“Verry interesting about the Canadian housing market on your blog,” Göran Högberg writes me. “But what about Sweden?”
Sweden? Göran, dude, we still haven’t figured out Calgary. Or why real estate boards manipulate their numbers. Why Sherry Cooper hates me. Or why anyone would move to Saskatoon, which is a lot like Sweden without Abba and Ikea. Or blondes.
In fact, the beaverish real estate market here is a mystery to most people who lack the stomach to come to this blog, and rely instead on the slowly-bankrupting mainstream media. For example, six million people woke up with a start one morning this week to read the headline, “GTA realtors report strong start to 2013!”
And the story went:
“Toronto-area realtors are seeing a surprisingly strong start to 2013 after a slump that began last spring. Home sales were down just slightly — about 1.3 per cent — in January over a year earlier after months of largely double-digit decreases while prices were up 4.3 per cent across the GTA, according to new figures released Tuesday by the Toronto Real Estate Board. The average sales price of a GTA home last month was $482,648, up from $462,655 in January, 2012. Assuming the turnaround holds, “expect annual price growth in the three to five per cent range this year,” says TREB’s senior market analyst, Jason Mercer.”
Some of this is actually true, at least for now. There were 4,375 sales in this massive market in January compared with 4,432 last year. Of course, in January of 2012 there was one less market day than this year, which means sales slipped more than reported. But who’s counting?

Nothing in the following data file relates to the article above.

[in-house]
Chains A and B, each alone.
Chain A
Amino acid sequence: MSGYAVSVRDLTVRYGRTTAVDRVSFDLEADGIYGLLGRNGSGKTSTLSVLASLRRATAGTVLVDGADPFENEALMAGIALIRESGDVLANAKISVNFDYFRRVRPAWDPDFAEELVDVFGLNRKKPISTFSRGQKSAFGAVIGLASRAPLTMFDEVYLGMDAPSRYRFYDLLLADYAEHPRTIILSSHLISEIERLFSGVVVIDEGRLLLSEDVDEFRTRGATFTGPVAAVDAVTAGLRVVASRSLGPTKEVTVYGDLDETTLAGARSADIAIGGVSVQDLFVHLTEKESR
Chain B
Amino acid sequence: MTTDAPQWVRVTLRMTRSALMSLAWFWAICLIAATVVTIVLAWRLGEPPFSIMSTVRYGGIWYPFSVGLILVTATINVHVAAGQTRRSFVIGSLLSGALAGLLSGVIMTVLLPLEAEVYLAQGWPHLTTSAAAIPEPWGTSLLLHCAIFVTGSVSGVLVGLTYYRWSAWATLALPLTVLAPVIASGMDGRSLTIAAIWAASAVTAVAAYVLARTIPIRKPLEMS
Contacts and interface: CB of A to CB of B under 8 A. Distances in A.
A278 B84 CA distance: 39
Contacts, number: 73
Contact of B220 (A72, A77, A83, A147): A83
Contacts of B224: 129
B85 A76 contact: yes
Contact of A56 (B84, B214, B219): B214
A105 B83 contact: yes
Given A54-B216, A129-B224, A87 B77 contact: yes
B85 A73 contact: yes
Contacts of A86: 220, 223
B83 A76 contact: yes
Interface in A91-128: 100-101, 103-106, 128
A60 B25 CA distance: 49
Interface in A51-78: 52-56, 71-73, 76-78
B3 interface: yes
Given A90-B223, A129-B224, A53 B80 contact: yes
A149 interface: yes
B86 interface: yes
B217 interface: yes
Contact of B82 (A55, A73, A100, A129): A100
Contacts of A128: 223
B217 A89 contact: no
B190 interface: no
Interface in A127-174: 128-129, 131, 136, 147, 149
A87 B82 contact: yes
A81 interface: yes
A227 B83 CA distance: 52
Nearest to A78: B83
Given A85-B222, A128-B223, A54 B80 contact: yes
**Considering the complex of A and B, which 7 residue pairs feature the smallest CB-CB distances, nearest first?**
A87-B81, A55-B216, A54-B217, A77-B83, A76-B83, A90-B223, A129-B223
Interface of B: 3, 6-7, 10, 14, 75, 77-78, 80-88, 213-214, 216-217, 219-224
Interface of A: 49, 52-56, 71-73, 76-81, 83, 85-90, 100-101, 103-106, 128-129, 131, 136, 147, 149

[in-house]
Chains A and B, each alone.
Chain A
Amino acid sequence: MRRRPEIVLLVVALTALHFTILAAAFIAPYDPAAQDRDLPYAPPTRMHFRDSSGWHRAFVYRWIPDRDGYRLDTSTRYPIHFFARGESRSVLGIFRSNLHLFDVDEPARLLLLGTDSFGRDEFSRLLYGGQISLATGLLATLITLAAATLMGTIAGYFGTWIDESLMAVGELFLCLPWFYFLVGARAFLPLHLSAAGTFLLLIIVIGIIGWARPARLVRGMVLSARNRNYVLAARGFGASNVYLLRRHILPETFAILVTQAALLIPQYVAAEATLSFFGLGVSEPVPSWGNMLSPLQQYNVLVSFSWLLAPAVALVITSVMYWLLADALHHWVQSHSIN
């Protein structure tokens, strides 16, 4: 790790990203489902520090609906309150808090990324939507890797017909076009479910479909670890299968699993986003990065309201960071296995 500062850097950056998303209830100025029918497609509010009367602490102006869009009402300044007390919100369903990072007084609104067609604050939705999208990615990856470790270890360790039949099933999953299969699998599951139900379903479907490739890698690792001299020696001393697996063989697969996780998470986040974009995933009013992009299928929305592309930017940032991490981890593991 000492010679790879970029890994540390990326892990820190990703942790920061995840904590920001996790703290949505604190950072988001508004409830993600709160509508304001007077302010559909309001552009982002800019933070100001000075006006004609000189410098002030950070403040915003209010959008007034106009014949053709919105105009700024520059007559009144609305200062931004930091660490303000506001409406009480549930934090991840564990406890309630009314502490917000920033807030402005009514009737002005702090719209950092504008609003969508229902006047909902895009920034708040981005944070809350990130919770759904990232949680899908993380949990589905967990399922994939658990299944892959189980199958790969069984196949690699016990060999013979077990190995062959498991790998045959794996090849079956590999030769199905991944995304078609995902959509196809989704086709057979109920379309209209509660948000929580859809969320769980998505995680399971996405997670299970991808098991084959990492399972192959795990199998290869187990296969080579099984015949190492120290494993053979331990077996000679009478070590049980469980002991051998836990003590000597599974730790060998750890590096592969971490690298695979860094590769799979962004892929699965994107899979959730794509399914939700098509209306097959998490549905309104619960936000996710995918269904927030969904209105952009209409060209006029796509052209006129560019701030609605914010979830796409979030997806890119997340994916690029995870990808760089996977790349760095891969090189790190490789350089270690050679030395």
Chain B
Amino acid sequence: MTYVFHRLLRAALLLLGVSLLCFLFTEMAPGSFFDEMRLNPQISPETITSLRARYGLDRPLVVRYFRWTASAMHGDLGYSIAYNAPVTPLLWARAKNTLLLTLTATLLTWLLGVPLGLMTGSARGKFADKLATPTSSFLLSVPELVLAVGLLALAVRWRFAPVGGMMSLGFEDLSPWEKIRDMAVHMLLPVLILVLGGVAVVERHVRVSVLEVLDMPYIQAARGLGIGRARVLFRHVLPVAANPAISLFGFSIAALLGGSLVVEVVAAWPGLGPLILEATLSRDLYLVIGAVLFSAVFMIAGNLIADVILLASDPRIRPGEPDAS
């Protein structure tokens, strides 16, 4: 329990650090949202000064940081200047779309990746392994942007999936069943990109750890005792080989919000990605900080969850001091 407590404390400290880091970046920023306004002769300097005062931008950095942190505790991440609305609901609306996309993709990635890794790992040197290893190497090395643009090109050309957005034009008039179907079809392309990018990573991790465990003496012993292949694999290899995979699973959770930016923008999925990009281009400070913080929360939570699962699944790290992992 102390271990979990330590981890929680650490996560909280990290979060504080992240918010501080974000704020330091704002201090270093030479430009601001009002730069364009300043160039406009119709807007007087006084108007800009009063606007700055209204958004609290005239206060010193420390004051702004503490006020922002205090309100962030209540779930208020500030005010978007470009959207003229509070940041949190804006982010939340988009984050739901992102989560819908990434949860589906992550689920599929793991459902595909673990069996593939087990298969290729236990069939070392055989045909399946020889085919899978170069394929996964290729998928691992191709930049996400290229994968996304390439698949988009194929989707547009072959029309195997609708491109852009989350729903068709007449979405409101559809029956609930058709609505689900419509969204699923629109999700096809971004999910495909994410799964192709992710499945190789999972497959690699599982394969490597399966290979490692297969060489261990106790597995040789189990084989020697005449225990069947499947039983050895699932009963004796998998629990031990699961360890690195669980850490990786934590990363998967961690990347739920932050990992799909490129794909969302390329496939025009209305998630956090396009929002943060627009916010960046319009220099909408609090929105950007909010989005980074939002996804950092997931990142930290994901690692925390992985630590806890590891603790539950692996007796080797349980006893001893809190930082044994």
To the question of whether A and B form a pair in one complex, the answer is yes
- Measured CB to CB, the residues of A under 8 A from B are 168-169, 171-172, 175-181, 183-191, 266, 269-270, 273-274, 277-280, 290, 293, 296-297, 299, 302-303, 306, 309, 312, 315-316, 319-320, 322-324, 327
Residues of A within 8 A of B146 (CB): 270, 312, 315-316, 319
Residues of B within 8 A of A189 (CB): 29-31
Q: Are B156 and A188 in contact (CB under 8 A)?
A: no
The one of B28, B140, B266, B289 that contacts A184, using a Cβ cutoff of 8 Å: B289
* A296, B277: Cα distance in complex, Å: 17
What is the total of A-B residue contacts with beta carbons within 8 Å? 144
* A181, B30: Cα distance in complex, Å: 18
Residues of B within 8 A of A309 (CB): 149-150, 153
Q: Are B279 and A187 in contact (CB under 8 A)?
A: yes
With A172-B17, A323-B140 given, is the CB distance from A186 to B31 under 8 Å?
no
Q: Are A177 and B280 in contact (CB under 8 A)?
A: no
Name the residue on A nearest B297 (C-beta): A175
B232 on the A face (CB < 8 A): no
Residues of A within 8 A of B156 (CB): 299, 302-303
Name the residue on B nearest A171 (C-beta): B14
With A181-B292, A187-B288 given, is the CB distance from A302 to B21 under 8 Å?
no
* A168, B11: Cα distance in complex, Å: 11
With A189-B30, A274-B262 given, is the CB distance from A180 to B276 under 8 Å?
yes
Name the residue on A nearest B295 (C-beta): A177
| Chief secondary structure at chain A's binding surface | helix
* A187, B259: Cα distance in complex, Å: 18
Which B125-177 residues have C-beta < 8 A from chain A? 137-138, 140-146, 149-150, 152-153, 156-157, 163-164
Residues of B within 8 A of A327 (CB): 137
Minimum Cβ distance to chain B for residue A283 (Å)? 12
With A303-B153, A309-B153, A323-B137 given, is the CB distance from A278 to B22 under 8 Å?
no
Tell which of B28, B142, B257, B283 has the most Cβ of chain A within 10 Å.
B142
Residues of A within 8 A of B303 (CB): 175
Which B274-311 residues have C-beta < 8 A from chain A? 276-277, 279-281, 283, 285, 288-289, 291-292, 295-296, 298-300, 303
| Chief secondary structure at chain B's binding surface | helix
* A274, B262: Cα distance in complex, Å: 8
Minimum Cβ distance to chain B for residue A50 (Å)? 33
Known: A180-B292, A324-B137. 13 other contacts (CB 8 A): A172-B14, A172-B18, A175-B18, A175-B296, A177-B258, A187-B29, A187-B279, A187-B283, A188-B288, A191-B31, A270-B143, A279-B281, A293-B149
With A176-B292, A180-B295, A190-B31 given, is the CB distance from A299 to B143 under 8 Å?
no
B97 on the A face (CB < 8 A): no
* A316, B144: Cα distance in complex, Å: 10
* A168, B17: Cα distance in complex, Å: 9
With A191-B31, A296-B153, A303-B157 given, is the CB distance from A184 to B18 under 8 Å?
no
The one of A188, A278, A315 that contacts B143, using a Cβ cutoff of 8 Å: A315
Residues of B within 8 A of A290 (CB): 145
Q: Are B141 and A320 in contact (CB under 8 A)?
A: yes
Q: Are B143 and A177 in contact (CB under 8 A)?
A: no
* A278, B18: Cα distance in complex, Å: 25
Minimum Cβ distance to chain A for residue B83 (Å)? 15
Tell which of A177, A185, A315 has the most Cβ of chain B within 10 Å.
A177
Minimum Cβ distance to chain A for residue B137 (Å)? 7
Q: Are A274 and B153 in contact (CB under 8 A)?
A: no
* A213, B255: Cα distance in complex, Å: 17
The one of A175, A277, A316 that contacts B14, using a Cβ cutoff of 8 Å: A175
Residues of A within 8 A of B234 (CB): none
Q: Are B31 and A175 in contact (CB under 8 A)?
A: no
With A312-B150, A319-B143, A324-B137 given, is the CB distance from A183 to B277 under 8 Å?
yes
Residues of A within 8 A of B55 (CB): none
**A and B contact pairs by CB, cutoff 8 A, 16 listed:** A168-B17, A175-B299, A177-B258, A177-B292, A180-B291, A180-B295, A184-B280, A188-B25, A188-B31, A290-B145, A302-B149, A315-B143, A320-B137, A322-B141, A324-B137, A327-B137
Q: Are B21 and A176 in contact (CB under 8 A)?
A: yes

And price? Well, the price of a detached home in 416 was $831,214 in April and today it’s $765,049, which sure looks like an 8% decline. Back in the spring of last year the average condo was changing hands for $362,000. Now it’s worth $340,295, a dip of 6%. So how is the average price $20,000 more than a year ago?
Because last January we were heading into the market apex, a frothy time of urban excess exceeding even the aphrodisiac high of eating Swedish meatballs in the nude while listening to an 8-track of The Dancing Queen. Multiple bids were everywhere. Horny, vexed buyers idled at the curb while their agents battled it out inside. Bully bids, hold-back offers and certified deposits of $50,000 filled the air. F had yet to hammer down the virgins, banks gave away downpayments and asking prices were nothing more than lame suggestions.
In short, the price comparison is irrelevant. It tells us nothing, save what dinglenuts we all were a year ago. Far more relevant is knowing about market momentum, which means the trends of the last few months are more salient to prospective buyers and sellers.
Like this: Sales may be flat, but the number of new listings has swelled by 11% from this time a year ago. In a perfect world, that should mean it takes longer to sell a house, which is exactly what happened. The days on market in 416 increased from 31 to 39 which is, wow, a 25% increase. In fact, in central Toronto listings are multiplying faster than inbred Volvos, up by more than 40 per cent (2,057 last year and 3,080 now).
This is news you can use, since it suggests supply is starting to overwhelm demand in certain areas, hinting prices could be headed lower instead of higher. Meanwhile we all know condos are more vulnerable than an Ikea monkey in drag. Sales of new units have tumbled by half, and 53,000 more are in the pipeline even as over twenty thousand boxes sit vacant, unsold and unloved.
So how, exactly, is this a “surprisingly strong start” to the new year? Only one reason. The realtors, despite all their protestations to the contrary, their Frankenumbers, misleading media release, stats revisions and faux economists, also believe the market is going down. After the mortgage and bank rule changes, the debt, the real estate saturation and the economic torpor, how could it be otherwise? We are in not for a crash, but a long, sustained correction, which is worse.
This is Canada, not Sweden, after all. We don’t hurl our naked, steaming, sauna-sautéed bodies into some icy fjord while grasping half-sucked bottles of Absolut. Get a grip, Göran. Keep your Nordic depravities where they belong. And solve your own real estate bloat.